First seaplane service launched

Published - December 27, 2010 11:45 pm IST - Mumbai:

Union Civil Aviation Minister Praful Patel at the launch of an amphibian seaplane 'Cessna 208A' in Mumbai on Monday.

Union Civil Aviation Minister Praful Patel at the launch of an amphibian seaplane 'Cessna 208A' in Mumbai on Monday.

Union Civil Aviation Minister Praful Patel on Monday blamed heavy fog over New Delhi for the delayed flights, adding that the airport officials had handled the situation quite well. “When the visibility drops below 50 metres, flight operations are stopped universally,” he told journalists on the sidelines of a programme introducing seaplanes in India.

“Irresponsible statements shouldn't be made during such times. The preparedness of Indian airports is according to international standards,” he said.

' Jal Hans'

In a boost to coastal tourism, Mr. Patel launched the first seaplane service in the country at the Juhu aerodrome here and named it ‘Jal Hans.' “This will benefit tourism in the Andaman and Nicobar islands,” he said.

The amphibian plane will run in the Andaman and Nicobar islands. A joint venture has been formed between Pawan Hans Helicopters Limited (PHHL) and the Andaman and Nicobar administration on an equal profit-sharing basis.

“For five years, there will be exclusive rights to give service to the islands,” Sanjay Kumar, Head of marketing, said.

“The pilot project will run at Port Blair for six months,” he added.

The Cessna 208A seaplane, which has a seating capacity of eight passengers and two pilots, is Canada-made, six years old and costs around Rs. 8 crore. It can travel up to 250 km an hour and can land on most calm waters. It can also land using the wheels configuration.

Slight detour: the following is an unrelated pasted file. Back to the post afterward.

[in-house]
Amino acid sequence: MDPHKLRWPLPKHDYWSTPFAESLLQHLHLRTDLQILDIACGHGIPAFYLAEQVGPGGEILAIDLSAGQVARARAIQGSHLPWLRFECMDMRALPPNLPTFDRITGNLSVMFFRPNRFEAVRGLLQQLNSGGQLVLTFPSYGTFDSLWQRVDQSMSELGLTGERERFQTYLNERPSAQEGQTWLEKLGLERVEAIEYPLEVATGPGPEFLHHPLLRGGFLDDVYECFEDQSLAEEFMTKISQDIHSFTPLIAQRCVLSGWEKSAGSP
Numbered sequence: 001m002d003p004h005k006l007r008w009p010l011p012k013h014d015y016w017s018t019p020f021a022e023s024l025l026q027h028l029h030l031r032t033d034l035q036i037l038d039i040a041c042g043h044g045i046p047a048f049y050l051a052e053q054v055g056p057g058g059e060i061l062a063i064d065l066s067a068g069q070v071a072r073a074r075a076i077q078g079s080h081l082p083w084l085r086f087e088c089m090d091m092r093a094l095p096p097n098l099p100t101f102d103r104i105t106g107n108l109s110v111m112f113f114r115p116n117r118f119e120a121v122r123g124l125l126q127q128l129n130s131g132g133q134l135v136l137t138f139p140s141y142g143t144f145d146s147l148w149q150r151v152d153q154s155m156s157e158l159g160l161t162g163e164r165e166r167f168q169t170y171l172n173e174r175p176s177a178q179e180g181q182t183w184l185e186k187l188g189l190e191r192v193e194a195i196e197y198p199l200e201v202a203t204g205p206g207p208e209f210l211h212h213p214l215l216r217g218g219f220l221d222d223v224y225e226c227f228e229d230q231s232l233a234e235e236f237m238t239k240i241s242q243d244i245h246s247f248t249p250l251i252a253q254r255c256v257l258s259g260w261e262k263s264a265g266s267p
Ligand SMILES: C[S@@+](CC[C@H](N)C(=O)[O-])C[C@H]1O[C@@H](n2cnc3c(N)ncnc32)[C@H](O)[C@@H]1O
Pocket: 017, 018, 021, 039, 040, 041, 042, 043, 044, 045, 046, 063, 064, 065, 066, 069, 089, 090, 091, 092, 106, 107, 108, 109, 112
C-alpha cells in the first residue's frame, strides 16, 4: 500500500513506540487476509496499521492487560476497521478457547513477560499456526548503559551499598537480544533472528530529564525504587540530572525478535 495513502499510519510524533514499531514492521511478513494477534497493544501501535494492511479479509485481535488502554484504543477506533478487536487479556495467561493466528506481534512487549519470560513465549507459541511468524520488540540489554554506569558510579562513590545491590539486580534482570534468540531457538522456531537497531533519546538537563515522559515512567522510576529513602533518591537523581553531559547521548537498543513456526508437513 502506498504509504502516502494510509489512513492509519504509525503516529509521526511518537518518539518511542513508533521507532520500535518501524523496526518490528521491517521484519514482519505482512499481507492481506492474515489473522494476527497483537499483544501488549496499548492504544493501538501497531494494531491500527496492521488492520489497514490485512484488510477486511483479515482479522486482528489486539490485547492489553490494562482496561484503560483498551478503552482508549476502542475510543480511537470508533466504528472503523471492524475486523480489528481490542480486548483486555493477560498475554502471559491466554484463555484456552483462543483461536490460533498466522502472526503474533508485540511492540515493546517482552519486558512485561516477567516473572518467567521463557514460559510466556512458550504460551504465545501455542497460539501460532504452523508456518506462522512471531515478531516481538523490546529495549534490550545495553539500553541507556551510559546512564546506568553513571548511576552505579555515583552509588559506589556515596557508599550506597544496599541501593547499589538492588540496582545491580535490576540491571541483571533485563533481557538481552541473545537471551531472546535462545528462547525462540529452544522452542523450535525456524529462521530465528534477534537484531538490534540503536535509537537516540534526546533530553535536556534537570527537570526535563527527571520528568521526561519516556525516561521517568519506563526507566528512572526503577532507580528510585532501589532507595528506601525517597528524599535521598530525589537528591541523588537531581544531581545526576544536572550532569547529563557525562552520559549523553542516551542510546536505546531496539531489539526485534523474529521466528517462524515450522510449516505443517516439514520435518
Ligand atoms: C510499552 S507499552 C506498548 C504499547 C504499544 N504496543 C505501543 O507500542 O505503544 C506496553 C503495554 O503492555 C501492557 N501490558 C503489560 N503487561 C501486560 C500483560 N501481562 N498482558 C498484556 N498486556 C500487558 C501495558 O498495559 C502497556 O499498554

Connects islands

Dr. S.N.A. Zaidi, Secretary, Civil Aviation, said the service would connect Port Blair and Havelock and subsequently other islands in North Andaman. “It will operate from the airport in Port Blair, and from a waterdrome in Havelock and Diglipur,” he said.

The Ministry had already set up a regulatory framework for seaplane pilots and a study would soon be conducted to draw a roadmap for the expansion of seaplanes in India in the next 20-25 years.

Mr. Patel too called for the expansion of these services and said the government had allowed 100 per cent Foreign Direct Investment in the operation of seaplanes. “I call upon the PHHL to form a subsidiary, invite partnership from outside India to introduce more private sector in this field,” he said.

“If we wish to see India connected, seaplane and helicopter operations play a very vital and important role. India has a 7,400-km coastline. This can be implemented in so many other places,” he said, adding that the introduction of ‘Jal Hans' was like a dream come true.

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